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2023: Amid concerns for INEC’s impartiality, Buhari promises legacy of free, fair elections

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PRESIDENT Muhammadu Buhari has promised to leave a legacy of free and fair elections for the country in next year’s general elections.

Buhari made the pledge when he addressed the 77th session of the United Nations General Assembly in New York, the United States, on Wednesday.

“Indeed, we now are preparing for general elections in Nigeria next February. At the 78th UNGA, there will be a new face at this podium speaking for Nigeria,” he said.


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“Ours is a vast country strengthened by its diversity and its common values of hard work, enduring faith and a sense of community. We have invested heavily to strengthen our framework for free and fair elections. I thank our partners for all the support that they have provided for our elections.

“As President, I have set the goal that one of the enduring legacies I will like to leave is to entrench a process of free, fair and transparent credible elections through which Nigerians elect their choice.”

The president’s statement amid growing concerns among Nigerians and civil societies organisations (CSOs) about the impartiality of the Independent National Electoral Commission (INEC) to deliver credible polls next year.

Earlier this month, a coalition of CSOs led by YIAGA Africa accused President Buhari of nominating members of the All Progressives Congress (APC) and questionable characters for the positions of INEC national commissioners.

The CSOs argued that the action was not just a violation of the country’s constitution and the electoral act but would also have grave implications for INEC’s credibility, independence and capacity to deliver credible, transparent, inclusive and conclusive elections.

The Nigerian presidency has rebuffed the CSO’s calls for Buhari to withdraw the said nominees.

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The Minister of Information and Culture Lai Mohammed, urged Nigerians to allow the National Assembly, whose majority of its members are APC, to screen and determine the fate of the affected nominees.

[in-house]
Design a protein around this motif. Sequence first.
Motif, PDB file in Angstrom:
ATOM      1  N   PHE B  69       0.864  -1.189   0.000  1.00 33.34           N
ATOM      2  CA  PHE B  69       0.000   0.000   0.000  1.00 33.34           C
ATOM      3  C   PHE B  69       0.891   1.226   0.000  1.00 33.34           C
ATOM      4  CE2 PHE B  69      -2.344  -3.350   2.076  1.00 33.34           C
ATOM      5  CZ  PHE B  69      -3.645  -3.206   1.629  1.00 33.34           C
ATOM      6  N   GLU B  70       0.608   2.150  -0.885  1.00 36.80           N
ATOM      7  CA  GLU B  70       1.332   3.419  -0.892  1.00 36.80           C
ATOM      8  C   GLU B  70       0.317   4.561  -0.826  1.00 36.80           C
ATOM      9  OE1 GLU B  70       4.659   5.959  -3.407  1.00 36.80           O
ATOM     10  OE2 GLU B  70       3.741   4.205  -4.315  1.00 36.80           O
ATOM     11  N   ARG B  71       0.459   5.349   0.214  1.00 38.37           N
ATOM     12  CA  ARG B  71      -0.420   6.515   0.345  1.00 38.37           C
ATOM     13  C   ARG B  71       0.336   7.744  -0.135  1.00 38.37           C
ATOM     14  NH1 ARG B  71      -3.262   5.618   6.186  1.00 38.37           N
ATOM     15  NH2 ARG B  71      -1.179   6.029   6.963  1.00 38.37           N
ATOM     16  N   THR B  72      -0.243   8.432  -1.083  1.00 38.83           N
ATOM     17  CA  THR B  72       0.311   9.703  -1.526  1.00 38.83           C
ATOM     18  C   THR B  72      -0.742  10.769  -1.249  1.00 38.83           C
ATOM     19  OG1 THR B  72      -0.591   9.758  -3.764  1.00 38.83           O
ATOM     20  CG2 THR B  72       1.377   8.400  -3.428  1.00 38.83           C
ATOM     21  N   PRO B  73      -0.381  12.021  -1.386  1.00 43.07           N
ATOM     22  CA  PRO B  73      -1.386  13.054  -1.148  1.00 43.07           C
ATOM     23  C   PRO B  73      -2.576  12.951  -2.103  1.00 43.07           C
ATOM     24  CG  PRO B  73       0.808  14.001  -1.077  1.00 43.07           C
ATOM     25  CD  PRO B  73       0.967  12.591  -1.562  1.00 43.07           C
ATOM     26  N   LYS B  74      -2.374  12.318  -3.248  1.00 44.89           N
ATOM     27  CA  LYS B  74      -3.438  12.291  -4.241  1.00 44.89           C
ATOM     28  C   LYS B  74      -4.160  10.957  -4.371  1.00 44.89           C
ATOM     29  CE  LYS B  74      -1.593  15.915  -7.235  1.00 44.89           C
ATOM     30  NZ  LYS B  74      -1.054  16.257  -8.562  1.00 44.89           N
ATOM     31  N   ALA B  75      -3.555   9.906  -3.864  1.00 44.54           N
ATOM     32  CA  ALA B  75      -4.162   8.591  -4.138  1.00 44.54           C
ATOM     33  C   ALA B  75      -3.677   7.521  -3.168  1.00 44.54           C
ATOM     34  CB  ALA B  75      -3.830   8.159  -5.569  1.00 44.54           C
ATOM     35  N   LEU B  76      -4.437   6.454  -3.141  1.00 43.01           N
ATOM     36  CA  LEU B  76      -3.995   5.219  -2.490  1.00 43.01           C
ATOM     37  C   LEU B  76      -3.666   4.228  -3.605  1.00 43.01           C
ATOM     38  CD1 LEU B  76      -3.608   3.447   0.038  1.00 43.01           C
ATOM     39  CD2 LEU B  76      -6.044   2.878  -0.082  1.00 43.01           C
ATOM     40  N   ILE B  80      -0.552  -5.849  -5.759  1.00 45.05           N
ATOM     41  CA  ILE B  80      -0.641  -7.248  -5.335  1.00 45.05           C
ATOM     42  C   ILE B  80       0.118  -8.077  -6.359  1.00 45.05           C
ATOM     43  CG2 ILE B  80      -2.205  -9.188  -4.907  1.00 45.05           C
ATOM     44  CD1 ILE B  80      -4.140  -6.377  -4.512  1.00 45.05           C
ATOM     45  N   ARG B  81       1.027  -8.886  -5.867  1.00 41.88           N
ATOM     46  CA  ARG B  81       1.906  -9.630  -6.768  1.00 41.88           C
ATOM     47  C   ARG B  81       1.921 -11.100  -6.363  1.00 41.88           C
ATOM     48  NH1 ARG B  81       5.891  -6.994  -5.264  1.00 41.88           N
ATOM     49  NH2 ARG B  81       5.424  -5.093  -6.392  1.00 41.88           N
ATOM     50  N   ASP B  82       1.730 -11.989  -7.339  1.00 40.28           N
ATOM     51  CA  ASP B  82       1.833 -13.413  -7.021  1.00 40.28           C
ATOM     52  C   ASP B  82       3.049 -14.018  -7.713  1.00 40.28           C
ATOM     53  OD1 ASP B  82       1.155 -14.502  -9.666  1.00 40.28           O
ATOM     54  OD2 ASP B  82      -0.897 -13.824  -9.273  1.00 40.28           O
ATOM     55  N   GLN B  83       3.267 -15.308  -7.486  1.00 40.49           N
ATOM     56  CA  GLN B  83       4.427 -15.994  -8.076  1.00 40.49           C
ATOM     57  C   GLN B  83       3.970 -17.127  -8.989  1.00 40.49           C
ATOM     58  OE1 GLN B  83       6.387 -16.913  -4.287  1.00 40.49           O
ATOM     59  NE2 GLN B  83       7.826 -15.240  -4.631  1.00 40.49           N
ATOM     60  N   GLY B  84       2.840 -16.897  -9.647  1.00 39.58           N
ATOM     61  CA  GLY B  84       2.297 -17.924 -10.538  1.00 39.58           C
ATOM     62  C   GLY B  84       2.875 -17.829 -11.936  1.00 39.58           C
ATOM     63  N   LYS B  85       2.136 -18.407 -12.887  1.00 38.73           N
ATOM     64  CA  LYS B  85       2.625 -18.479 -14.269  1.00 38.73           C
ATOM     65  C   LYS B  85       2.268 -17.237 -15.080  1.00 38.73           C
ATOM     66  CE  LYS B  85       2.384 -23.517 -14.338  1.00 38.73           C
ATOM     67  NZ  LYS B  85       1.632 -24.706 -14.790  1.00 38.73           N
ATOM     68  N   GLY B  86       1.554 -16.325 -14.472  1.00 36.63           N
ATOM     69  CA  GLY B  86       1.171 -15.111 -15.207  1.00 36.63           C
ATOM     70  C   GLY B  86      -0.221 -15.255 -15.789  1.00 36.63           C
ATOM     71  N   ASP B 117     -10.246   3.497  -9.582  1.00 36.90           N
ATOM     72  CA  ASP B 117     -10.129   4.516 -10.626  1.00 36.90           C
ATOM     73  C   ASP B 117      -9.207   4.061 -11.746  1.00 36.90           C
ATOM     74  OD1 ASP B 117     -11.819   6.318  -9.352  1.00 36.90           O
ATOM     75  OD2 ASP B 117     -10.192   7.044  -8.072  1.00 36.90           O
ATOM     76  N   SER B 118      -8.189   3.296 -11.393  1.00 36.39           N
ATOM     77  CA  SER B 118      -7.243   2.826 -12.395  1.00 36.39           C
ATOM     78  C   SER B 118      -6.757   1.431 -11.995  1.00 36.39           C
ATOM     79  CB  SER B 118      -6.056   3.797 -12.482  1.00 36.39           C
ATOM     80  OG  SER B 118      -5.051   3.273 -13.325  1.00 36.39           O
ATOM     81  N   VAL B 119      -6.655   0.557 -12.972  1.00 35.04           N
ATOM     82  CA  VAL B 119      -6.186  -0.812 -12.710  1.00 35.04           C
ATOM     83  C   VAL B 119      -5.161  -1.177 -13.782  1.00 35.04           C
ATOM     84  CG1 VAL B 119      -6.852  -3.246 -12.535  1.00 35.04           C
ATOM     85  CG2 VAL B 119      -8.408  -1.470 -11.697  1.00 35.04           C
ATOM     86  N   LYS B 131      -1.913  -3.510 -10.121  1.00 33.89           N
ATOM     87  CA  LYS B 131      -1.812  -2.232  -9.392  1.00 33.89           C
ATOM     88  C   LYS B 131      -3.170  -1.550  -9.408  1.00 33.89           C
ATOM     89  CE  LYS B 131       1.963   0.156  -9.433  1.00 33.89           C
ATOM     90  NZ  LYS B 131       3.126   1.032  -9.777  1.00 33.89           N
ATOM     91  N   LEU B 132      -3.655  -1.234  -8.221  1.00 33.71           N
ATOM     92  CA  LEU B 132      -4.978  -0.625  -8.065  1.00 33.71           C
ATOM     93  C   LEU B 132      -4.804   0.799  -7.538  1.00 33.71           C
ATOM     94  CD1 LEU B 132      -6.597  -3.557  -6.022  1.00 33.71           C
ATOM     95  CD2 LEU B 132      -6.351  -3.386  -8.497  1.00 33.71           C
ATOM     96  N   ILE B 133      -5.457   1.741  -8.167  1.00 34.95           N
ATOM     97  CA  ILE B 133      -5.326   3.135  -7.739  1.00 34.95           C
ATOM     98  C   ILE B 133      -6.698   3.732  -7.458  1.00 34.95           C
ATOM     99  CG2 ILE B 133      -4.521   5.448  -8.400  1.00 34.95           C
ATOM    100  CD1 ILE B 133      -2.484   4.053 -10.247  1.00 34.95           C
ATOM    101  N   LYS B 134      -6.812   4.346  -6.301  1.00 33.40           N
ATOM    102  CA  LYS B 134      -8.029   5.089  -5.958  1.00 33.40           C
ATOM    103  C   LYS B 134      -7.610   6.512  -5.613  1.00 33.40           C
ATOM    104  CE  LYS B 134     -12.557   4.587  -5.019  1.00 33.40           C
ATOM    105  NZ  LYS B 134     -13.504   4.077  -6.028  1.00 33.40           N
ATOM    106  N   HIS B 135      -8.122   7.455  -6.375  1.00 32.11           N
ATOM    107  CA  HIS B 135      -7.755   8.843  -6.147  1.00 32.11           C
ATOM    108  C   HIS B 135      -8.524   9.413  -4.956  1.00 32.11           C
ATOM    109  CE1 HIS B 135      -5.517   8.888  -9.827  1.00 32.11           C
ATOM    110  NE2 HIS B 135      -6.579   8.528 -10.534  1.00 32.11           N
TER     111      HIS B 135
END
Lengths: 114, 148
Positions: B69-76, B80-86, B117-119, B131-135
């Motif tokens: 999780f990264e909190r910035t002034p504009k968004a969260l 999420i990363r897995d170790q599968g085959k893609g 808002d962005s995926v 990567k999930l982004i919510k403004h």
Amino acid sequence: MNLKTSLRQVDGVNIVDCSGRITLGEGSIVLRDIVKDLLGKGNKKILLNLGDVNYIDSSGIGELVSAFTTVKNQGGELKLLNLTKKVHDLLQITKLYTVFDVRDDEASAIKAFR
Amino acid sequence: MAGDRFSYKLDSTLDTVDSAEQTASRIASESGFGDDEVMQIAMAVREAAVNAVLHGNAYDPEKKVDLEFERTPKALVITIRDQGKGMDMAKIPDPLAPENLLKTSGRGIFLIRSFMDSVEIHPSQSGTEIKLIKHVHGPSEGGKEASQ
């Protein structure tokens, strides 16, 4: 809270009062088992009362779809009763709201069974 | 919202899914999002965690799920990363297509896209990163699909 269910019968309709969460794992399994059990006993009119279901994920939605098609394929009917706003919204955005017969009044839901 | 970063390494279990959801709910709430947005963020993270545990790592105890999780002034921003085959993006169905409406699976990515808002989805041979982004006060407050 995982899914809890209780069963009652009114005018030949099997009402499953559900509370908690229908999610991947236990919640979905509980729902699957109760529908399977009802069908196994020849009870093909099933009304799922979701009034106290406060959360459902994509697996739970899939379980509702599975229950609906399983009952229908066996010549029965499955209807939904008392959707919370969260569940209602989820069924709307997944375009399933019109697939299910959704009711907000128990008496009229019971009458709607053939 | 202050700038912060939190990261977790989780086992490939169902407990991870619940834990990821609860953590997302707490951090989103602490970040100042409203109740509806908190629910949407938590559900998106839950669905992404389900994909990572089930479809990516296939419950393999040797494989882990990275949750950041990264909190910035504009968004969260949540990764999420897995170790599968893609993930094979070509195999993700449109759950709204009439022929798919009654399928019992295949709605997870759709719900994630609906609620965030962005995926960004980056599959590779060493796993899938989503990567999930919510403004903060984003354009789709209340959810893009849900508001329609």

Nigerians were taken aback the allegations of voters registration fraud uncovered by the Coalition of United Political Parties (CUPP) on INEC’s national voter register.

CUPP alleged that the register was filled with names within and outside the African continent.

Although INEC had refuted the allegations, CUPP said some of the names were allegedly  were sourced from countries like Ghana, Cameroon, Zambia, Zimbabwe, Togo, Guinea, Gambia, Jamaica, Brazil and New Zealand.

CUPP also alleged that it uncovered a suit seeking to stop the use of the Bimodal Voter Accreditation System (BVAS) machine for the 2023 general elections.

The suit, according to CUPP spokerson, Ikenga Ugochinyere, was among several plots to ring the outcome of the 2023 polls for an undisclosed political party.

The umbrella body for all political parties in the country also alleged that there was a plot to remove the INEC chairman, Mahmud Yakubu, from office should he fail to stop the use of BVAS.

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Reacting to the allegations, the INEC spokesperson, Festus Okoye, clarified that the commission had not added new names to the national register since the suspension of the Continuous Voter Registration (CVR) in July this year.

“Nigerians would recall that on 31st July 2022, the Commission suspended the Continuous Voter Registration (CVR) to commence supplemental activities that will culminate in the integration of new registrants into the final Register of Voters for the 2023 General Election.

“It is important to reiterate that no new registrant has yet been added to the Register of Voters for the 2023 General Election or will be included until these supplemental activities have been completed, in line with the law.

“For the avoidance of doubt, we restate the main components of these activities. First, the Commission is conducting a comprehensive Automated Biometric Identification System (ABIS) clean-up of the registration data by scrutinising every record.

“Based on the Electoral Act 2022, any record that does not meet all the criteria for inclusion as stipulated in Section 10, including the appearance in person by the registrant at the registration venue with proof of identity, age and nationality and our business rules requirements of adequate number of fingerprints and clear pictures, will be invalidated.”

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